Remember how I said the schedule’s the same every day? Yeah, that.
Tutoring sessions go reasonably well, but the children are exhausting sometimes, and the crew is feeling it. They could use prayers for daily strength and patience.
The funny thing about it is, they still think the children are impossibly cute, but they’re feeling the full brunt of the energy required to conduct 3 tutoring sessions per day.
Jana starts Biology with some of the older kids, and the book she’s using is the one they’re going to start when they return to school after break, so she’s helping them get a bit of a head start. Today she made a cell model for them out of, um, Tupperware and fruit and ice and nuts. I have to admit, I wouldn’t have thought of that.
Lunch with the missionaries is burrito bowls, with all the fixin’s. We all go nuts. Rachelle downplays the amount of prep—“you wash the produce once, and it’s ready all week”—but there’s no denying that a lot more work goes into preparing something like this here than would be required back home.
There are lots of interesting interactions throughout the afternoon. Some of the Tumaini girls instruct ours on how to walk so that your kanga doesn’t fall off. They say Americans walk too fast and too big; we need to take smaller steps, with less swivel and more poise—as though we’re carrying something on our heads. I miss that discussion, but I get the complete replay later.
Annalee and Jess engage in some arm-wrestling with the younger boys and manage to maintain pretty good won-lost records. You have to pick your opponents carefully.
There’s a volleyball game, as there is most afternoons, and the competition is fierce. The net is a new installation since the last time a team was here, and it’s getting plenty of use.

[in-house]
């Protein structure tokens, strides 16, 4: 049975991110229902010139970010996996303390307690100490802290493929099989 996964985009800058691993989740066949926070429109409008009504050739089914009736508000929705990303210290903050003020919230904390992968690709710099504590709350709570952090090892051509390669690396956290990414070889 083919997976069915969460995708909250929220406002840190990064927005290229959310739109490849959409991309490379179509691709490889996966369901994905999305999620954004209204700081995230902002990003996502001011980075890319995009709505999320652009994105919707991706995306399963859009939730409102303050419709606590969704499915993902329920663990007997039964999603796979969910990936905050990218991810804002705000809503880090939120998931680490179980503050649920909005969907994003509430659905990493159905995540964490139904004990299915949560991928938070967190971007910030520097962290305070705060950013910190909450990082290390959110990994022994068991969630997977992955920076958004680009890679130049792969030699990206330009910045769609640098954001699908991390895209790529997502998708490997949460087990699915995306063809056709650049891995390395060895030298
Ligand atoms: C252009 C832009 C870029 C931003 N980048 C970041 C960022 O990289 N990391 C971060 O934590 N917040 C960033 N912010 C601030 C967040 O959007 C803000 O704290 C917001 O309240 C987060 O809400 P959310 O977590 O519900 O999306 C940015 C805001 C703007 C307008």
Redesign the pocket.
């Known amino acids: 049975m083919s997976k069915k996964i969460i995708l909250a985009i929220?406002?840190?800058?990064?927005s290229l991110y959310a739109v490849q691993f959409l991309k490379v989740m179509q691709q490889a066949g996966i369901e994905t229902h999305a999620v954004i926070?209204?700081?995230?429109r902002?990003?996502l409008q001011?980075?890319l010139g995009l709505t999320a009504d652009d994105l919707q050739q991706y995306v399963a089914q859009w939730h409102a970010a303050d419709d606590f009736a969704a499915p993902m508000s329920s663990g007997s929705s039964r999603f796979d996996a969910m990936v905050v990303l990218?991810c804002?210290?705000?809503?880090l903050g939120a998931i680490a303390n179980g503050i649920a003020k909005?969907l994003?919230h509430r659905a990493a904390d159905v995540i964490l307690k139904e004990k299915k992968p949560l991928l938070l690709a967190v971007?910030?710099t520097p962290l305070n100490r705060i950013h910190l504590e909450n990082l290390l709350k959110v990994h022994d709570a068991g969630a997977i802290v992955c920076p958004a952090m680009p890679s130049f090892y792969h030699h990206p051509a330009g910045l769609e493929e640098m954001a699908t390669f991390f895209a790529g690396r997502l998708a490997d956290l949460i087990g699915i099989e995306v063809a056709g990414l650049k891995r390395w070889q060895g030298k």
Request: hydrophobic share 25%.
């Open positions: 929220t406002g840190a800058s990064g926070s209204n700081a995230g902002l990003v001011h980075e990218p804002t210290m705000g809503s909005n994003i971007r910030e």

Several of the crew take a walk down to the lake with some of the girls. You turn right out the main entrance, instead of left, as you would to go to town, and you walk down through a residential section to where the road effectively runs right into the lake. The neighbors greet you in Swahili, and you have a chance to practice your greetings. They see some fishermen pulling in their nets and gathering their catch on the shore. They even stop and visit at one of the homes, where the grown daughter of one of the mamas lives. She’s just had a baby, and the crew enjoys meeting him. or her. or whatever.
Supper is rice and beans, which certain crew members like exponentially better than the alternative ugali and fish, so there is great rejoicing in the land when the menu is announced.
After house devotions with the older boys, I spend a little time talking with one of them about life plans. He wants to be a pilot, which is what I initially wanted to be as well, so I’m able to give him some encouragement and advice. Tanzania has an air force, so maybe he can get there with the limited resources he has.
The crew sings really well during team devotions, and again I leave the house a little after 9 so they can get to bed if they want to. They’re not lazing around, that’s for sure.